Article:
Working As A Radio DJ Is Not A Walk In The Park, You Know… (14 pics + 10 gifs)

Posted in INTERESTING       6 Jul 2017       3981       GALLERY VIEW



There's a lot more to our job than just pressing play.

A typical studio has a huge array of complex audio and sound equipment, computers, and various other forms of radio automation to help us do our jobs. And, of course, you have to be great at thinking on your feet. Because...

Things go wrong with live radio all the time.

It's a minefield. Even when we're not dealing with technical difficulties, it's easy to fuck up by saying the wrong thing or losing our train of thought, or we end up scrambling to fill spaces left by queued songs failing to play. It's very stressful tbf.

And our radio software often drives us mad.

The various radio programmes are good when they work, as they help control our shows, queue up songs, and help us manage timings. But everyone who's used a computer knows how they just love to crash or install 493 updates at precisely the wrong time. Like when you're live on air interviewing Lady Gaga.

There are specific, extra-long songs called "toilet tracks" that we play if we need to shit.

Back in the day, it used to be the nine-minute album version of "Free Bird" by Lynyrd Skynyrd. These days, it's more likely to be a bit of long, indulgent '90s indie, like the Stone Roses' "I Am the Resurrection" (8:13), or "Fools Gold" (9:53).

Dead air is our worst nightmare.

If we don't get back from the toilet in time, the worst possible thing happens: dead air. It basically means the station is broadcasting nothing but the background hiss of static, and it's a perfect way to lose all your listeners quickly.

We've all accidentally sworn on air at some point

No matter how hard we try, it's tricky not to let slip the odd "fuck" when we think our mic is off, or if something goes wrong. And we can get fined when we do.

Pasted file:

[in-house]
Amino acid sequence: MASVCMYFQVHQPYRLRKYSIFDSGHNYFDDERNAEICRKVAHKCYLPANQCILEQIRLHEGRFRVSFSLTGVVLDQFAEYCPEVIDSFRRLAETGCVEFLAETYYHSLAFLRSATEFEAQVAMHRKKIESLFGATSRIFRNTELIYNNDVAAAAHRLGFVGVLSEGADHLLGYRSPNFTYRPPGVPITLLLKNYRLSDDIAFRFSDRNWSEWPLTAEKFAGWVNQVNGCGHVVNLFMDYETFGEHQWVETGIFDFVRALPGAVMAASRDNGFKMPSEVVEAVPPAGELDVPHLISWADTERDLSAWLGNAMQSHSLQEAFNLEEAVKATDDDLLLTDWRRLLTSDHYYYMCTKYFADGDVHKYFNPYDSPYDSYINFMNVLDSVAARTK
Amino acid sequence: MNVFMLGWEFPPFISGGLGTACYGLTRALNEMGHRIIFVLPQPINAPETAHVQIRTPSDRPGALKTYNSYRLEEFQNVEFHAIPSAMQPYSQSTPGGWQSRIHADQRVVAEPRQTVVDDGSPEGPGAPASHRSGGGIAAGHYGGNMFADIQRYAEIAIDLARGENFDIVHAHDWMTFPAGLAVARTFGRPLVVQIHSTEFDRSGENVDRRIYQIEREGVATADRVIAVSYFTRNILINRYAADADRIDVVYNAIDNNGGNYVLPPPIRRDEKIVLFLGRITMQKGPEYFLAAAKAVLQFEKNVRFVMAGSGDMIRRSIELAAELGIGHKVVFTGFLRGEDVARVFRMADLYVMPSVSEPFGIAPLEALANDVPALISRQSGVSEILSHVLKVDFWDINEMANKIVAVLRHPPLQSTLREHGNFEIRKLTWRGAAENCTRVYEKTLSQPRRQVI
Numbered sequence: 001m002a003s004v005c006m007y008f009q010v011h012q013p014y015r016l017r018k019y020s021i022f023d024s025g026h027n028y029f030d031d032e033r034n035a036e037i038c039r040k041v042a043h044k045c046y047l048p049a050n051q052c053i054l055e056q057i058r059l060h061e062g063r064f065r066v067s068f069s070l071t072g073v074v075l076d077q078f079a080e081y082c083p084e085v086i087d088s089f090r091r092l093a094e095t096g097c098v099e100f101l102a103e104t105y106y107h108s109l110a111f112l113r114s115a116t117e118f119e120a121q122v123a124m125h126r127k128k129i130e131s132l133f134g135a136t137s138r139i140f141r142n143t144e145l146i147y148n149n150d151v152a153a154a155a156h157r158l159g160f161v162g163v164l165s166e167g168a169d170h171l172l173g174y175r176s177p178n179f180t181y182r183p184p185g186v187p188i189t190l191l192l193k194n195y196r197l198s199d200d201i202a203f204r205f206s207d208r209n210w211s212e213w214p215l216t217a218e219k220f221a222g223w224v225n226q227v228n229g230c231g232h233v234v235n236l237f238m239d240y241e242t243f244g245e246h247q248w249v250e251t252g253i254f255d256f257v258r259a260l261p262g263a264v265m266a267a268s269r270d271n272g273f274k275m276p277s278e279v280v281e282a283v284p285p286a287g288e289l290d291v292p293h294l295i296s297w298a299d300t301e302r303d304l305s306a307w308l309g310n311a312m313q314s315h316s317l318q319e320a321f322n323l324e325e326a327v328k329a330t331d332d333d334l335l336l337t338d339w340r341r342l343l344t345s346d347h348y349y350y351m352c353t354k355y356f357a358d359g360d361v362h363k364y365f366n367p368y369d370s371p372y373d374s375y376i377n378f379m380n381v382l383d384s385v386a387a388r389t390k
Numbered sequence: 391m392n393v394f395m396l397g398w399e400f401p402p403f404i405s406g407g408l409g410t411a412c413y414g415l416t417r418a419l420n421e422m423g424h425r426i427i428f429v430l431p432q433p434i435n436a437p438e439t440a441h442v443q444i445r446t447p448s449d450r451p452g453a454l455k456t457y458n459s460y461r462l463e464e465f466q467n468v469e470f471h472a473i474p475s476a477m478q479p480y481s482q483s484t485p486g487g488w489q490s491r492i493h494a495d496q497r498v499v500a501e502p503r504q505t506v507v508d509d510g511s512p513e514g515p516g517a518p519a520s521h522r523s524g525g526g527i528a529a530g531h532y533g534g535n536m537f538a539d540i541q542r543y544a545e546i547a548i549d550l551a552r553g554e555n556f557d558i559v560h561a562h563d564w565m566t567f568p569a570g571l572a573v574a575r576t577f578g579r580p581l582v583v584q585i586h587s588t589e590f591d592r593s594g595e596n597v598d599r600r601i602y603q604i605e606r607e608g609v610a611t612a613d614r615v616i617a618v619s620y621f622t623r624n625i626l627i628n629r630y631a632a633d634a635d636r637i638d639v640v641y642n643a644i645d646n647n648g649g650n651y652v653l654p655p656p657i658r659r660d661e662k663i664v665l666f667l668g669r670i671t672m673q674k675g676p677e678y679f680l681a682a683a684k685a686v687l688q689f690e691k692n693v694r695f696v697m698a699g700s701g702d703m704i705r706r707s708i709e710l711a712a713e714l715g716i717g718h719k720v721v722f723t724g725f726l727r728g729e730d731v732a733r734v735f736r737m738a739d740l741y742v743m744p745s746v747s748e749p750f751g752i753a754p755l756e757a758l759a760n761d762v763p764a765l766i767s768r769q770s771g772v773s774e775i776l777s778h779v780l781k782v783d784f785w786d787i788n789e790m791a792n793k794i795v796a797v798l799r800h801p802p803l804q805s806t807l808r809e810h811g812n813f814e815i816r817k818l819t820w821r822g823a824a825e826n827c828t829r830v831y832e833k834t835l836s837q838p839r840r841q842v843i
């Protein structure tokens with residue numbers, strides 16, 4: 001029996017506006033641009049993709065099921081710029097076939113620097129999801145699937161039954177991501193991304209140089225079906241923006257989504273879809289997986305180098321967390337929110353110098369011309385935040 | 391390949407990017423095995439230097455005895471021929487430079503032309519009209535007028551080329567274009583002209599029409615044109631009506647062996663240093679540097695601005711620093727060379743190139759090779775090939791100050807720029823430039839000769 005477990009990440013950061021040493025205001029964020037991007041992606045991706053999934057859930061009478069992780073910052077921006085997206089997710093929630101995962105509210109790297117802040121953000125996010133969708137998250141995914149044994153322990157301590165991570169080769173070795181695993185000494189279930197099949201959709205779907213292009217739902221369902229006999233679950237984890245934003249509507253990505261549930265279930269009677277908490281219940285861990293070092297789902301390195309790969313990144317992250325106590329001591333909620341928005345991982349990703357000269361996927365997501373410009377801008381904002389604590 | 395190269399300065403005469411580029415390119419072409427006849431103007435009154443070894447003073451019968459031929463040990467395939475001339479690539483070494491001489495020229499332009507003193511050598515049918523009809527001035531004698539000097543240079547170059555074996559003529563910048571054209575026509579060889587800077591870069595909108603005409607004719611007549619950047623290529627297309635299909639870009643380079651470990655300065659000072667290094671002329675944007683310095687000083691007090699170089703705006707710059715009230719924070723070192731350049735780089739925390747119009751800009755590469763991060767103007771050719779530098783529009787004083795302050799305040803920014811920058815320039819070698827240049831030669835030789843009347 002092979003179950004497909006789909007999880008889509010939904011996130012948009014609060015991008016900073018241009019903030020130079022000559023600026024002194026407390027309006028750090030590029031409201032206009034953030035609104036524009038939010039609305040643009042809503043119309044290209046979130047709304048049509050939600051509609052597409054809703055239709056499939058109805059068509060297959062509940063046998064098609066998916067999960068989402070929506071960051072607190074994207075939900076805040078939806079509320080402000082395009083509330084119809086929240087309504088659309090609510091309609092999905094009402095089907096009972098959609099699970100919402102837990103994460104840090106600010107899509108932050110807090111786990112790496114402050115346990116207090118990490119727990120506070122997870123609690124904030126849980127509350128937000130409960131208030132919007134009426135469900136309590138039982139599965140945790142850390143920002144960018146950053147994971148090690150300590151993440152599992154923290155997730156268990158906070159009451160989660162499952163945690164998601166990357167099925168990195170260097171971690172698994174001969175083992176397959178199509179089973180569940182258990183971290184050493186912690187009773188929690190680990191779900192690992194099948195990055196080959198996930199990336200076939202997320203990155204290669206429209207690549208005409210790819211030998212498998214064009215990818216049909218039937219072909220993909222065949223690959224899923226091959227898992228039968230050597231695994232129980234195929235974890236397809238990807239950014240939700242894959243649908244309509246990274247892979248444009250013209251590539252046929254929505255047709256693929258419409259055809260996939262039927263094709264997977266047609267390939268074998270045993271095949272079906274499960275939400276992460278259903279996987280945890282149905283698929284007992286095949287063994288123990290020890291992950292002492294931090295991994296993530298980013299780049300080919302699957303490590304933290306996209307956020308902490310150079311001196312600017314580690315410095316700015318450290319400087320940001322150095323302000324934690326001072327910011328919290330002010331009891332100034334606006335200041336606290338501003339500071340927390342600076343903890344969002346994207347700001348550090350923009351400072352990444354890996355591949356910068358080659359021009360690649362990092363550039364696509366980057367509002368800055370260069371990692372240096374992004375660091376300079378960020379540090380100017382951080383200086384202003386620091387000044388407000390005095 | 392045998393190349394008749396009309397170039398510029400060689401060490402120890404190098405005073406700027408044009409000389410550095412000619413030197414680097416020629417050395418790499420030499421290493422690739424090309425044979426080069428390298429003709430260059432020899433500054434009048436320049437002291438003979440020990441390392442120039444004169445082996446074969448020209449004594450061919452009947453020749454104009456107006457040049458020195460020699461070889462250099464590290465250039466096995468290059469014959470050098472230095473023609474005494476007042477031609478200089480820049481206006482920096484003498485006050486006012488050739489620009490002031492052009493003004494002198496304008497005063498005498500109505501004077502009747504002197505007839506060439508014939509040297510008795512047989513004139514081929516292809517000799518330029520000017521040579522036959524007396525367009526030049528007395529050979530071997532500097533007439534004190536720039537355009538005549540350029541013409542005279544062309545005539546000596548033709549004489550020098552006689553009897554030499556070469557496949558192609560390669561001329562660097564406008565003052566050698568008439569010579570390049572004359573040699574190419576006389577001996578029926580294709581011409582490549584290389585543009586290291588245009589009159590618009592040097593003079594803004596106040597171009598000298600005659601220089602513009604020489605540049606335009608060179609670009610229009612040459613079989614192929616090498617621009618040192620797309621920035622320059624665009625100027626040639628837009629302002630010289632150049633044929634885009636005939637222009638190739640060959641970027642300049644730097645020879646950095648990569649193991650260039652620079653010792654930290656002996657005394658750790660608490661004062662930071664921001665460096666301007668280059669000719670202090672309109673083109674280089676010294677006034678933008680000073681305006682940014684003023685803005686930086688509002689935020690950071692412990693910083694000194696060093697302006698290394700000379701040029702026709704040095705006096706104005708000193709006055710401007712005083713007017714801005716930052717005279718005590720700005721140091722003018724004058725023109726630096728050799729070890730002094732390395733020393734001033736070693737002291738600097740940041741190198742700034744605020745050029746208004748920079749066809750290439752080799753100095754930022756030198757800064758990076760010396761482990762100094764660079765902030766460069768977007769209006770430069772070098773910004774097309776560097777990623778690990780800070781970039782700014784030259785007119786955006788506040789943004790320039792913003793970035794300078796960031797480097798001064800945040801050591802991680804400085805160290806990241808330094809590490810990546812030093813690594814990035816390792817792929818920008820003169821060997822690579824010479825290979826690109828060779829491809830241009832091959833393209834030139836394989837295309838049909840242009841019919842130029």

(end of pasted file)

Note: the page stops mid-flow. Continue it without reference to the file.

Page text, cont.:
Our mics get seriously gross.

It's even worse if we have to share one with another host who rubs their face all over it, or leaves bits of spit and sandwich lodged in the various holes. Vom.

We're really sick of that old "face for radio" joke.

Yeah yeah, we get it, we're radio presenters because we're too ugly to be on TV. Ahahaha. Except that isn't really the case these days; we usually have webcams so online listeners can watch us spitting into a microphone for hours.

Keeping to time is a) important, and b) damn tricky.

Even with software it's easy to misjudge things. If you talk too long, play one jingle too many, or stop to cough too many times, you can run over. The most important thing is to be on time for the news. We're often not on time for the news.

We don't always like (or control) our playlists.

Unless we present a specialist show, our music is usually scheduled for us. Occasionally we can tweak the list a bit, but on the whole we have to put up with hearing the same songs over and over again. Which is why all radio DJs come to hate Ed Sheeran.

So please stop giving us your damn EPs.

"Oh, you're a radio DJ – awesome, dude. Hey, here's our new EP Hitler's Trousers, could you get it played on your station?" Er, no.

We won't give you a "shout-out", either.

Friends, family, Tinder dates, and complete strangers are constantly asking us to give them a shout-out. Why do you need to hear us say your name? It's quite odd.

Fucking Christmas music is the absolute worst.